Te-Hsiu Tang

Abstracts

1 Subcritical and Supercritical Water Gasification of Xylose

Authors: Shyh-Ming Chern, Te-Hsiu Tang

Abstract:

Hemicellulose is one of the major constituents of all plant cell walls, making up 15-25% of dry wood. It is a biopolymer from many different sugar monomers, including pentoses, like xylose, and hexoses, like mannose. In an effort to gasify real biomass in subcritical and supercritical water in a single process, it is necessary to understand the gasification of hemicellulose, in addition to cellulose and lignin, in subcritical and supercritical water. In the present study, xylose is chosen as the model compound for hemicellulose, since it has the largest amount in most hardwoods. Xylose is gasified in subcritical and supercritical water for the production of higher-valued gaseous products. Experiments were conducted with a 16-ml autoclave batch-type reactor. Hydrogen peroxide is adopted as the oxidant in an attempt to promote the gasification yield. The major operating parameters for the gasification include reaction temperature (400 - 600°C), reaction pressure (5 - 25 MPa), the concentration of xylose (0.05 and 0.30 M), and level of oxidant added (0 and 0.25 chemical oxygen demand). 102 experimental runs were completed out of 46 different set of experimental conditions. Product gases were analyzed with a GC-TCD and determined to be mainly composed of H₂ (10 – 74 mol. %), CO (1 – 56 mol. %), CH₄ (1 – 27 mol. %), CO₂ (10 – 50 mol. %), and C₂H₆ (0 – 8 mol. %). It has been found that the gas yield (amount of gas produced per gram of xylose gasified), higher heating value (HHV) of the dry product gas, and energy yield (energy stored in the product gas divided by the energy stored in xylose) all increase significantly with rising temperature and moderately with reducing pressure. The overall best operating condition occurred at 873 K and 10 MPa, with a gas yield of 54 mmol/g of xylose, a gas HHV of 440 kJ/mol, and an energy yield of 1.3. A seemingly unreasonably energy yield of greater than unity resulted from the external heating employed in the experiments to drive the gasification process. It is concluded that xylose can be completely gasified in subcritical and supercritical water under proper operating conditions. The addition of oxidant does not promote the gasification of xylose.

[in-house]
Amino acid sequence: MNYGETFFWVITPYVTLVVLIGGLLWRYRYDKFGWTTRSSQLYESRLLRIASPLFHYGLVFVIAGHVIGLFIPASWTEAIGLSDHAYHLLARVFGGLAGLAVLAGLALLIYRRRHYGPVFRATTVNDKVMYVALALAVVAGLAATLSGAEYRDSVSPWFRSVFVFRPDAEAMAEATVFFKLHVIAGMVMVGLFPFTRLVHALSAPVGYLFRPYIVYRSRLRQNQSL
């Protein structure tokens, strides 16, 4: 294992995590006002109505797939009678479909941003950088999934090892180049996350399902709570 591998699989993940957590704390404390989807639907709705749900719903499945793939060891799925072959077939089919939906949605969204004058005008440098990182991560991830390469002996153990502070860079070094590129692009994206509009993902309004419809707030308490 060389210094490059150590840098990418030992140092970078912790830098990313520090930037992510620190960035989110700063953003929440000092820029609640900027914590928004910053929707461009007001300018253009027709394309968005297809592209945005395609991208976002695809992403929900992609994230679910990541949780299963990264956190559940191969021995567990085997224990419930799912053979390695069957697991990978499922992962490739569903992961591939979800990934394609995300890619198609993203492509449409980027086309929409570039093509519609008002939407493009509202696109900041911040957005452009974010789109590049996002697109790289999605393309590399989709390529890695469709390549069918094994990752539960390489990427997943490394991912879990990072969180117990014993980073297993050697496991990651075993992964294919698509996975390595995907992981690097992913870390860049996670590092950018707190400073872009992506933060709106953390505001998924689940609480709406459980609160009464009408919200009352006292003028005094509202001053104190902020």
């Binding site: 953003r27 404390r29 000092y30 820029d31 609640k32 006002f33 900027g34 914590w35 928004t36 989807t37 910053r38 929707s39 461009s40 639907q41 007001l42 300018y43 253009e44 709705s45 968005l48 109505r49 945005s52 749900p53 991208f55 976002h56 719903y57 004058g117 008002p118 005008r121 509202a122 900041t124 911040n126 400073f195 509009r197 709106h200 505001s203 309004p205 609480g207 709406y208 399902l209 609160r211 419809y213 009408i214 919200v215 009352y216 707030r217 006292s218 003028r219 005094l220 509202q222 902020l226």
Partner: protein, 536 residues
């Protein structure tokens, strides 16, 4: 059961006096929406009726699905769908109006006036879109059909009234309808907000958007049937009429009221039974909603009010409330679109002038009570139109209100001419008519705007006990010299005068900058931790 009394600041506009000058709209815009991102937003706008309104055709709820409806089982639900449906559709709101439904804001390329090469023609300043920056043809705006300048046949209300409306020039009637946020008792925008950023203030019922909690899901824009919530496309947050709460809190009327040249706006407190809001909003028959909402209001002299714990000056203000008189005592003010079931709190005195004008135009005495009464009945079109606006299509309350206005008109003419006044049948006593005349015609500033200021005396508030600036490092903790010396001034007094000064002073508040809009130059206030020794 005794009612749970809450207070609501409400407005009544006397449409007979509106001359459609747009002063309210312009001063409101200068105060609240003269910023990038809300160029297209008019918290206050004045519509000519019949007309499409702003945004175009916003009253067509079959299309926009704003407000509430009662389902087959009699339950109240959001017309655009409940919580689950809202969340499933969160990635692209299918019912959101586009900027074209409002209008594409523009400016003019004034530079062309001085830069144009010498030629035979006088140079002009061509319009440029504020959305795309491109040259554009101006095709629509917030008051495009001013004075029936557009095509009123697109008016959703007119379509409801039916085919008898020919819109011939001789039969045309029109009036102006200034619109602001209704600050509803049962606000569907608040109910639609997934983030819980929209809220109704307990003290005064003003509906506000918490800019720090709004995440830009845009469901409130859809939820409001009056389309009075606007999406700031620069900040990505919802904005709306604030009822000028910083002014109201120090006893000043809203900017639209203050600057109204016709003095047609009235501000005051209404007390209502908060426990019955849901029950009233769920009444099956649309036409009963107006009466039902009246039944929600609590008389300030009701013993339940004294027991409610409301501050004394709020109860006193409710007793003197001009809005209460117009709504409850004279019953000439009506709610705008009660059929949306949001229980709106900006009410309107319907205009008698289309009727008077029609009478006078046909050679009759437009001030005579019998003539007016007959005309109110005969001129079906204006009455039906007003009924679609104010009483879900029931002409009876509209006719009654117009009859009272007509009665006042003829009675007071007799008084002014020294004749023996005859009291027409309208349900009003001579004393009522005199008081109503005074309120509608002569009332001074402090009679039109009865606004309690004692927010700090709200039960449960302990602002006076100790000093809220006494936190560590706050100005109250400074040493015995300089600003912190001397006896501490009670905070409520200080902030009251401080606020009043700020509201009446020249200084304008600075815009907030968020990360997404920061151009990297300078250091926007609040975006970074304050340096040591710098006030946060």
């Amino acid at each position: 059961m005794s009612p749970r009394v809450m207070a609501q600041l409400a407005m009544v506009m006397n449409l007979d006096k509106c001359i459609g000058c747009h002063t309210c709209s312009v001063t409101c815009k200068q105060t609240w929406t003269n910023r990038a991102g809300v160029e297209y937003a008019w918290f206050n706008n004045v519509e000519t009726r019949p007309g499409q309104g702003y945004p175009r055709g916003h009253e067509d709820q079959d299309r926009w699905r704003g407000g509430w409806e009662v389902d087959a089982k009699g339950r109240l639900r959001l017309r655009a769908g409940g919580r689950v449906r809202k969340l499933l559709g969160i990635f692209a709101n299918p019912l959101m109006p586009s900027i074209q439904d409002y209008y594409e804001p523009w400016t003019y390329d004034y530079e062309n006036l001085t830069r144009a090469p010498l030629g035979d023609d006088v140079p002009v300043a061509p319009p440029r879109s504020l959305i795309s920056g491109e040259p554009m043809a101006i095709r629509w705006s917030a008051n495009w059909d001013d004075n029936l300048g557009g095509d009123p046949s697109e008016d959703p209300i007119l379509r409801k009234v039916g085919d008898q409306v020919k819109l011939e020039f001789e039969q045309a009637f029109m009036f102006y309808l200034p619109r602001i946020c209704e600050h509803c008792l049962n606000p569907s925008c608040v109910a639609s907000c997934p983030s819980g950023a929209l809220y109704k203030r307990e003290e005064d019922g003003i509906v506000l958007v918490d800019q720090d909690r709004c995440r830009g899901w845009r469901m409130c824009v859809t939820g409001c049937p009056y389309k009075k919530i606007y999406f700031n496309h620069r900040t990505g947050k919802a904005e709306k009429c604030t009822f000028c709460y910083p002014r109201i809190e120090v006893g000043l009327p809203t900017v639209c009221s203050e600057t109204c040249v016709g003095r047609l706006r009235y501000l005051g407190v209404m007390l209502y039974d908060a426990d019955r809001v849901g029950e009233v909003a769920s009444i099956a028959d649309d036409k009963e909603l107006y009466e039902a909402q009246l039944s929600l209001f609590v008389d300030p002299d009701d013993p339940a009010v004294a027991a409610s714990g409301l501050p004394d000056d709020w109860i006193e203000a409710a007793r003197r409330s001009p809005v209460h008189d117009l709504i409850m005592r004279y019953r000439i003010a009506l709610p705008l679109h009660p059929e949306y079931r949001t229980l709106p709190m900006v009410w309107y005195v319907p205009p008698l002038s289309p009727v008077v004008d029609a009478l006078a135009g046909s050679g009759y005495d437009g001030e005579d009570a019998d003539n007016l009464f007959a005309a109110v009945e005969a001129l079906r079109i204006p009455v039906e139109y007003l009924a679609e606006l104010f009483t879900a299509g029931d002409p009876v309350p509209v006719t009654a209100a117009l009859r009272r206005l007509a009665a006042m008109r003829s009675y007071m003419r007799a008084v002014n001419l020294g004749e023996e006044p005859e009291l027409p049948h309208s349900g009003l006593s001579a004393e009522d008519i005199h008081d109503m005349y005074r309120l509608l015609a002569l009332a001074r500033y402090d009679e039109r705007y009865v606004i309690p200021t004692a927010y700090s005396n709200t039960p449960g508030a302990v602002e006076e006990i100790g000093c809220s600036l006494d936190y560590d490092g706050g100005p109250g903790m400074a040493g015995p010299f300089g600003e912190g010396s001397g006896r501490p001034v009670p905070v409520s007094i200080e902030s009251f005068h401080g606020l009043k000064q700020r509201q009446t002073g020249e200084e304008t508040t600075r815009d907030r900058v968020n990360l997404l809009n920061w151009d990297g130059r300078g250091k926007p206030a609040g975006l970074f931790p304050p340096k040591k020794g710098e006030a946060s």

Keywords: gasification, supercritical water, xylose, subcritical water

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